- Partner with a strong brand. “We use Boar’s Head, which has a good reputation to match our other high-quality products, and the reviews we’ve been getting back it up,” DeMarco says. “We use their meats, cheeses, even pepperoni (on both sandwiches and pizzas).” Of course, if you stock a well-known name, make sure it’s clearly conveyed on your menu, website and marketing materials.
- Add some DIY touches. Made-to-order egg salad, as well as housemade chicken and tuna salads and coleslaw, have proved a hit with guests. DeMo’s often runs through 10 to 20 pounds of chicken and tuna salad daily.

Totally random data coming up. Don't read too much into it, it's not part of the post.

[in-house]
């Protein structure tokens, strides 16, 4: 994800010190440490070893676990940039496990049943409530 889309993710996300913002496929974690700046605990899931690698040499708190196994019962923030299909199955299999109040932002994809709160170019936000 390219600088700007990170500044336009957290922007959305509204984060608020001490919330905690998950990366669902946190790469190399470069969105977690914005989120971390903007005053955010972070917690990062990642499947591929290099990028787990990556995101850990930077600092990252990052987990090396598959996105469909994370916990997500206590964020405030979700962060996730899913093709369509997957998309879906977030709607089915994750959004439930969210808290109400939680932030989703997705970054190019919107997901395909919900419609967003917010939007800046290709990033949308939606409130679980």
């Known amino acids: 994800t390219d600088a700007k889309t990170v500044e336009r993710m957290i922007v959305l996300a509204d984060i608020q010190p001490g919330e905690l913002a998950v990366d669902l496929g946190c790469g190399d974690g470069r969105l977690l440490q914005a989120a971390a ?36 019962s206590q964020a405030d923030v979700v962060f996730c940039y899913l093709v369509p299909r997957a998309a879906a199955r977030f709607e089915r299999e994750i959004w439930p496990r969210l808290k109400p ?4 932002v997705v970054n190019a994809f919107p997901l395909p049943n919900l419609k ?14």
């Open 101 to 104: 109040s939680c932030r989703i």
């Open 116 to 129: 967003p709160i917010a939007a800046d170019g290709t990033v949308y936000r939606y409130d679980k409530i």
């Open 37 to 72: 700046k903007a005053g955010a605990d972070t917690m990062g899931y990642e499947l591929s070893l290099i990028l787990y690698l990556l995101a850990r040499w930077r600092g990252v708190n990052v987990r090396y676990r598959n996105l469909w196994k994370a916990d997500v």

- Cater to special diets. As lighter options, DeMo’s offers spinach and gluten-free wraps. Vegan cheese also makes the menu. “Nowadays, customers need those choices,” DeMarco says. “With so many people coming in for our sandwiches, we have to offer something for everyone.”
- Keep it simple. In a much smaller space than their previous location (1,400 square feet), the DeMo’s owners streamlined the menu to predominantly pizza, sandwiches and salads. The sandwich menu itself is fairly straightforward: eight specialty cold sandwiches, eight hot sandwiches, and a create-your-own option, for which customers choose their bread, meat, cheese, toppings, spreads, and add-ons like avocado or bacon.
- Show your stuff. Though adding deli operations needn’t require much additional equipment, DeMo’s takes its sandwiches seriously with a 12’ deli case displaying meats and other merch. “If you’re just trying to add sandwiches, you don’t have to be that elaborate,” DeMarco notes. “But ‘deli’ is in our name, and we charge a premium price, so it’s important for us to do more.”